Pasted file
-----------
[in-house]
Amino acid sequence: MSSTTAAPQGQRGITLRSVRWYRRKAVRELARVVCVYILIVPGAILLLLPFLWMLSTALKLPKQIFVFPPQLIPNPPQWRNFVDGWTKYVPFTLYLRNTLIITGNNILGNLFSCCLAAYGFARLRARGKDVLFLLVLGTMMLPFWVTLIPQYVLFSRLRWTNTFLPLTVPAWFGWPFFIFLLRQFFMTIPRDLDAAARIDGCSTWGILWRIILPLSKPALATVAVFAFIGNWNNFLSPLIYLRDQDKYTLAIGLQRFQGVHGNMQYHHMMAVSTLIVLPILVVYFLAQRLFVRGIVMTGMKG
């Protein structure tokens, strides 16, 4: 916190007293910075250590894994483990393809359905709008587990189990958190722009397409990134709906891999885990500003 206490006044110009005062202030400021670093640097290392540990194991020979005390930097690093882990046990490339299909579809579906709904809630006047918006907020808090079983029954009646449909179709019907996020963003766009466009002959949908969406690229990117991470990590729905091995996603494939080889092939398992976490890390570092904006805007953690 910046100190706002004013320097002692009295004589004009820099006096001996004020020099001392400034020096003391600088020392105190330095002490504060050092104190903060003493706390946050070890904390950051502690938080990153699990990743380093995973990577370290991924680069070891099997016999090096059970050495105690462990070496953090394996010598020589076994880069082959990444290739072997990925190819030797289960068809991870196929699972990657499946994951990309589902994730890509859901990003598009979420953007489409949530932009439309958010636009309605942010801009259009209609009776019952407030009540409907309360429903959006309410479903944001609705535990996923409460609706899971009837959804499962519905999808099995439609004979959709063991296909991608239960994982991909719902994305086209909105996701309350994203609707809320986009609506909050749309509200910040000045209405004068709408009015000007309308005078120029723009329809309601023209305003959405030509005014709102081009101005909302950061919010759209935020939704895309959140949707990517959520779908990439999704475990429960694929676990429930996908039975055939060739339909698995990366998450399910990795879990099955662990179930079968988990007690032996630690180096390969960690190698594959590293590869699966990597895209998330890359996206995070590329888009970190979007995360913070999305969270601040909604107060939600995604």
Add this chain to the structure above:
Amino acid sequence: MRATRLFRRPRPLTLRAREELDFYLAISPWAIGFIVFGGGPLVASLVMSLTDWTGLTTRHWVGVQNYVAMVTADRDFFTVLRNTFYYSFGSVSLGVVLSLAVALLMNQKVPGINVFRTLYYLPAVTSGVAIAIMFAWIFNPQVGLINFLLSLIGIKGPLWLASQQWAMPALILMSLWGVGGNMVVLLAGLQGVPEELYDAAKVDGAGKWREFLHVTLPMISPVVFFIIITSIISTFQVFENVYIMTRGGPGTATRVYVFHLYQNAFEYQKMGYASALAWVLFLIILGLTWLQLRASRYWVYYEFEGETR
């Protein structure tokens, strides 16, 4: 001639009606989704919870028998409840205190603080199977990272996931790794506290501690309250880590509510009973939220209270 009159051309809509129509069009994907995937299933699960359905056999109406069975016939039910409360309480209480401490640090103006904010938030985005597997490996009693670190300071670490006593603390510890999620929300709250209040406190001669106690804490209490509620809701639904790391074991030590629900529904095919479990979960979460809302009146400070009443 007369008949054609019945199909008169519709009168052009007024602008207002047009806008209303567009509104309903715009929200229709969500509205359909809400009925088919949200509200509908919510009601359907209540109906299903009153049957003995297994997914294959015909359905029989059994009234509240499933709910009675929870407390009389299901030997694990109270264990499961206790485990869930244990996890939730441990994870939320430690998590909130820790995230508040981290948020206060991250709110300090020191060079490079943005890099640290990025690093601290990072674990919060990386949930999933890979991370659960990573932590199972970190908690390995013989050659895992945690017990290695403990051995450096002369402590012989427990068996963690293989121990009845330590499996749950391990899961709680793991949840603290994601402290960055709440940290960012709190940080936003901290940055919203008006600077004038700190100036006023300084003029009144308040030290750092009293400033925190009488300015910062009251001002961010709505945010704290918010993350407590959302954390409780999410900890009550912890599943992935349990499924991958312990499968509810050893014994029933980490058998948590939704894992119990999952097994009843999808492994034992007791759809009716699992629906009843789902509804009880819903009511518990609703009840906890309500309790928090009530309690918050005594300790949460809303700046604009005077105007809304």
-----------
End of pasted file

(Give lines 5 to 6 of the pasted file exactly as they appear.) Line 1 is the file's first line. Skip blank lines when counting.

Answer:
Amino acid sequence: MRATRLFRRPRPLTLRAREELDFYLAISPWAIGFIVFGGGPLVASLVMSLTDWTGLTTRHWVGVQNYVAMVTADRDFFTVLRNTFYYSFGSVSLGVVLSLAVALLMNQKVPGINVFRTLYYLPAVTSGVAIAIMFAWIFNPQVGLINFLLSLIGIKGPLWLASQQWAMPALILMSLWGVGGNMVVLLAGLQGVPEELYDAAKVDGAGKWREFLHVTLPMISPVVFFIIITSIISTFQVFENVYIMTRGGPGTATRVYVFHLYQNAFEYQKMGYASALAWVLFLIILGLTWLQLRASRYWVYYEFEGETR
């Protein structure tokens, strides 16, 4: 001639009606989704919870028998409840205190603080199977990272996931790794506290501690309250880590509510009973939220209270 009159051309809509129509069009994907995937299933699960359905056999109406069975016939039910409360309480209480401490640090103006904010938030985005597997490996009693670190300071670490006593603390510890999620929300709250209040406190001669106690804490209490509620809701639904790391074991030590629900529904095919479990979960979460809302009146400070009443 007369008949054609019945199909008169519709009168052009007024602008207002047009806008209303567009509104309903715009929200229709969500509205359909809400009925088919949200509200509908919510009601359907209540109906299903009153049957003995297994997914294959015909359905029989059994009234509240499933709910009675929870407390009389299901030997694990109270264990499961206790485990869930244990996890939730441990994870939320430690998590909130820790995230508040981290948020206060991250709110300090020191060079490079943005890099640290990025690093601290990072674990919060990386949930999933890979991370659960990573932590199972970190908690390995013989050659895992945690017990290695403990051995450096002369402590012989427990068996963690293989121990009845330590499996749950391990899961709680793991949840603290994601402290960055709440940290960012709190940080936003901290940055919203008006600077004038700190100036006023300084003029009144308040030290750092009293400033925190009488300015910062009251001002961010709505945010704290918010993350407590959302954390409780999410900890009550912890599943992935349990499924991958312990499968509810050893014994029933980490058998948590939704894992119990999952097994009843999808492994034992007791759809009716699992629906009843789902509804009880819903009511518990609703009840906890309500309790928090009530309690918050005594300790949460809303700046604009005077105007809304």